The Sekonic L208 has absolutely no adjustments at all. I had to figure out for myself how to check the needle's Zero. From what I observed, after blocking all light getting to the cell, was that when the green pointer is turned to the extreme left side of the dial, the red needle exactly matches the green pointer when the side button is pressed. Well, almost exactly, but if the needle ever changes from that position, I'll know there's something wrong with the meter.
  11. The most internal adjustment I've yet seen on a meter was in a Gossen Lunasix 3. There are separate potentiometers for battery-check, high and low range FSD, and linearity - all with no indication of which pot does what. And to make matters worse there's a good deal of 'crosstalk' between the linearity and FSD pots!

    I eventually managed to figure out how to recalibrate it to use an alkaline cell rather than a mercury one, but it required almost micro adjustment of two of the pots.

    Gimme a photodiode-based digital meter designed to take a common battery any day. ;)
  12. I also have a small accumulation of Gossen Pilot meters, and none seem to lie beyond their life expectancy. As for my Sekonic Twinmate, it doesn’t agree with any of my Gossen Digisix, LunaPro F, or Pentax or Gossen spot meters. Moreover, there doesn’t seem to be a way to adjust Twinmate.
    On the other hand, long ago, when I first replaced the little exposure guide that came with every roll of film with a light meter, the advice was to take notes and calibrate meter with camera, since both meter and camera were unique. Before entrance of digital capture, good cameras, new or used, were very expensive and few photographers had more than one or two cameras so calculating camera with meter was easier.
    I wish my Twinmate were more in agreement with my other meters because I prefer its simpler match needle to Digisix EV readout, and the LunaPro is often too inconvenient to carry.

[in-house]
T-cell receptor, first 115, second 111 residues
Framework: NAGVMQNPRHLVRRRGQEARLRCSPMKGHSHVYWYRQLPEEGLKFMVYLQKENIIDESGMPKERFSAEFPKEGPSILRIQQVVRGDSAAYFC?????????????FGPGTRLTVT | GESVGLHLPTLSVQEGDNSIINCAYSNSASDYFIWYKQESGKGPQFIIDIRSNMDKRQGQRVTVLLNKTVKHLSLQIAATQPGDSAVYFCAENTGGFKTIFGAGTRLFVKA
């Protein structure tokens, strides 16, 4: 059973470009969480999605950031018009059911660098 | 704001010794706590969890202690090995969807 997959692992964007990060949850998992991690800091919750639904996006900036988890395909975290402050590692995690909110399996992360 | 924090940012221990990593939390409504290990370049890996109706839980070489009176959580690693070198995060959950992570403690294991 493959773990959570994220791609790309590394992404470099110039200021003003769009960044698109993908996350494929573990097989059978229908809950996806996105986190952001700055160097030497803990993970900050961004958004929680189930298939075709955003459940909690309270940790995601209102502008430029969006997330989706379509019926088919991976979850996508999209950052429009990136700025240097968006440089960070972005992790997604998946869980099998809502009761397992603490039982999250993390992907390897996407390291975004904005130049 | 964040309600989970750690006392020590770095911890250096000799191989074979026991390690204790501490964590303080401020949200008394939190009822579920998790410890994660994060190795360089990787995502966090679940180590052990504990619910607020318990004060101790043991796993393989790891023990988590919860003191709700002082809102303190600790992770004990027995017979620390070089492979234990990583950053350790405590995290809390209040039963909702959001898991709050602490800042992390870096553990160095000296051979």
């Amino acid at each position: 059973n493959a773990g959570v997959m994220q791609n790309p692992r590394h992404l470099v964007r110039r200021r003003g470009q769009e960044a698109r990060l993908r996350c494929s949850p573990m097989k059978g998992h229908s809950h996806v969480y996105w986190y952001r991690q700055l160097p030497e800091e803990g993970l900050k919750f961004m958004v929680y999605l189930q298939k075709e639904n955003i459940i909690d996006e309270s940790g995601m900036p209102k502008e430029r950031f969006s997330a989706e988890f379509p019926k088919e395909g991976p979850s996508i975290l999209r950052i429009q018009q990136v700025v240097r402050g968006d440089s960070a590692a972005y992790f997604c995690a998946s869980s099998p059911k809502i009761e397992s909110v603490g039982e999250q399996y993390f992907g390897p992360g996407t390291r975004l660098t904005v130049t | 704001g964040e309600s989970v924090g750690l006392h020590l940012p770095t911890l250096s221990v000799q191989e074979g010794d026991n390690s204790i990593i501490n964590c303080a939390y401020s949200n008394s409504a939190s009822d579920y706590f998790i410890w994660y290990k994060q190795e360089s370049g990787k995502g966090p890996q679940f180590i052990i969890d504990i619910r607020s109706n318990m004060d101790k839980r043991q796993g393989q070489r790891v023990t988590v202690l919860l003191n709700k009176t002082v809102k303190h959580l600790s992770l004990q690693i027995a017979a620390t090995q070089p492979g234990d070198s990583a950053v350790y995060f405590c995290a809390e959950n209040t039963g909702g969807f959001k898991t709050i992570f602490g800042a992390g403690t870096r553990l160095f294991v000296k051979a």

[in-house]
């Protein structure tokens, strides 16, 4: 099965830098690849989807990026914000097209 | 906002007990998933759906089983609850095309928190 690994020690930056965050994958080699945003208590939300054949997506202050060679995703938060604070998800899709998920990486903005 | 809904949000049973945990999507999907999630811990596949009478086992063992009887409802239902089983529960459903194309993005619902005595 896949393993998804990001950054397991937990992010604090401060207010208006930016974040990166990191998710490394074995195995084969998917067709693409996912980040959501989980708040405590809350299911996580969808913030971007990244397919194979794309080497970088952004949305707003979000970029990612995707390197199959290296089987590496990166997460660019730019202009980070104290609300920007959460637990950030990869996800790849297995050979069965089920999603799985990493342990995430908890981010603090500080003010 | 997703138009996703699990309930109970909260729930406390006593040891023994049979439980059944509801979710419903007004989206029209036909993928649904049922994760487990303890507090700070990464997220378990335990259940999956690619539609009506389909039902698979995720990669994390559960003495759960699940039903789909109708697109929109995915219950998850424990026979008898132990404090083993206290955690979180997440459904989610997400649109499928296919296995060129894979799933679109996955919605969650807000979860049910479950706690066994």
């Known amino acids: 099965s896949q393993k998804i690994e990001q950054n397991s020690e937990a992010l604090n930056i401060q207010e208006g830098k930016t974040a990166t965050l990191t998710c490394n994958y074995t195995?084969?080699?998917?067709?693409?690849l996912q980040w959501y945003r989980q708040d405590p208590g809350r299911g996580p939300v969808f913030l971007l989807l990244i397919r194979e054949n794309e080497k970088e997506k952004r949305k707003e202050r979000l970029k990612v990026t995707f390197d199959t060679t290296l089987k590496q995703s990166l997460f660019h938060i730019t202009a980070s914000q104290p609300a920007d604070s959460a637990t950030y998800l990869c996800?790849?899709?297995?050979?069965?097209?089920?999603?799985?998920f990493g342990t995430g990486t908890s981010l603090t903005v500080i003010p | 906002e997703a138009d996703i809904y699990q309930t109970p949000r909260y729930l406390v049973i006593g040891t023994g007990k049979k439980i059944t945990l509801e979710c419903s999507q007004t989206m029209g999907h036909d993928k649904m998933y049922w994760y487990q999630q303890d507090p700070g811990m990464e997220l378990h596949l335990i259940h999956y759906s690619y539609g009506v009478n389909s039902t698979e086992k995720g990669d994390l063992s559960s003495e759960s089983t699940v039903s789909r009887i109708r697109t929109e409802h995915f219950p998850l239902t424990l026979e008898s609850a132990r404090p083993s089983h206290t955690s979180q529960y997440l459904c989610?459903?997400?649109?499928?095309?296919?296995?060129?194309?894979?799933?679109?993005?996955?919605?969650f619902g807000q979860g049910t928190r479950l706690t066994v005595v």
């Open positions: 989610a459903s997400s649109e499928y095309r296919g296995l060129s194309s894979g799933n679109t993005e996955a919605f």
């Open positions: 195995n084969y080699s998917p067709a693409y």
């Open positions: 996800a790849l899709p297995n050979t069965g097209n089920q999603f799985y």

My advice, chuck the Pilots and buy a new meter. As already noted, film and processing is not cheap.
    ] likes this.
  13. AJG


    Is your Twinmate linear or is it inaccurate to varying degrees at different light levels? If it is linear in response then you could probably set a different ASA/ISO to compensate for the error. I know it is yet another thing to think about, but it might work.
  14. That's basically the conclusion I came to ... but we've got to say "Each to their own", some users may be happy with their Pilots, I'm happy with my Zeiss Ikophot and my Minett Type IX, both have Zero adjustment and are not far off exposure wise. My new Twinmate reads different to my Canon digital compact on Automatic mode by miles. The Canon has always been over-exposing and I find I'm using Manual mode more often on minus 1 1/3 or sometimes minus 2 ... the Twinmate exposure readings are where I want them, they seem slightly under-exposed and highlights are not blown out as the Canon does to them.

    I use the Canon to check all my light meters by setting the Canon to manual, set it to a light meter reading, take a shot of the same scene, then see what it looks like. From that, I get a good idea of what the film will be like when using the light meter for the film cameras.

    This is a reading from the Twinmate L208. I pointed it at the overcast sky and to my surprise it was sunny 16. The exif data in the Canon was ASA100 f8 1/400sec (only f2.8 and f8 is available at ASA 100 in the Compact, I used f8). There was not one bit of bright sunlight shining through those clouds and there was no distinct shadows anywhere.
    Sunny 16.jpg
  15. Both of those exposures are the same - 1/400th @ f/8 = 1/100th @ f/16 - and both are what's to be expected by pointing your light meter at an overcast sky. Remembering that light meters are designed to meter from a subject with an average Reflectance of 18% or thereabouts. That's 2.5 stops lower than the light that's incident on the subject.